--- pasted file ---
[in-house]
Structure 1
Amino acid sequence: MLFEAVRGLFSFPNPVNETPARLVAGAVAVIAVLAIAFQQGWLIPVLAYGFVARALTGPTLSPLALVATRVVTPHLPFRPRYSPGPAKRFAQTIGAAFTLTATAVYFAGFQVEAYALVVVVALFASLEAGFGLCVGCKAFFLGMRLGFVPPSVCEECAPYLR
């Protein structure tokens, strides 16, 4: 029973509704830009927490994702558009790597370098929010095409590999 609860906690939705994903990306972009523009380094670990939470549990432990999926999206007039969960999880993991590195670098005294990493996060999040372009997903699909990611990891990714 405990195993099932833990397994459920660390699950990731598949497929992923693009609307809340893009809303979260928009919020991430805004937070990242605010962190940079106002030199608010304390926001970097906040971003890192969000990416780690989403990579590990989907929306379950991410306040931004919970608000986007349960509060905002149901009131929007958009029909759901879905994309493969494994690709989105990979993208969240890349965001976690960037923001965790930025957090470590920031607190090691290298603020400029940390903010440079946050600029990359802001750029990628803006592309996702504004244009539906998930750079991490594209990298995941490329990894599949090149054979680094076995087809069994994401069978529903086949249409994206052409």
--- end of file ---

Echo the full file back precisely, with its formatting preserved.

[in-house]
Structure 1
Amino acid sequence: MLFEAVRGLFSFPNPVNETPARLVAGAVAVIAVLAIAFQQGWLIPVLAYGFVARALTGPTLSPLALVATRVVTPHLPFRPRYSPGPAKRFAQTIGAAFTLTATAVYFAGFQVEAYALVVVVALFASLEAGFGLCVGCKAFFLGMRLGFVPPSVCEECAPYLR
């Protein structure tokens, strides 16, 4: 029973509704830009927490994702558009790597370098929010095409590999 609860906690939705994903990306972009523009380094670990939470549990432990999926999206007039969960999880993991590195670098005294990493996060999040372009997903699909990611990891990714 405990195993099932833990397994459920660390699950990731598949497929992923693009609307809340893009809303979260928009919020991430805004937070990242605010962190940079106002030199608010304390926001970097906040971003890192969000990416780690989403990579590990989907929306379950991410306040931004919970608000986007349960509060905002149901009131929007958009029909759901879905994309493969494994690709989105990979993208969240890349965001976690960037923001965790930025957090470590920031607190090691290298603020400029940390903010440079946050600029990359802001750029990628803006592309996702504004244009539906998930750079991490594209990298995941490329990894599949090149054979680094076995087809069994994401069978529903086949249409994206052409």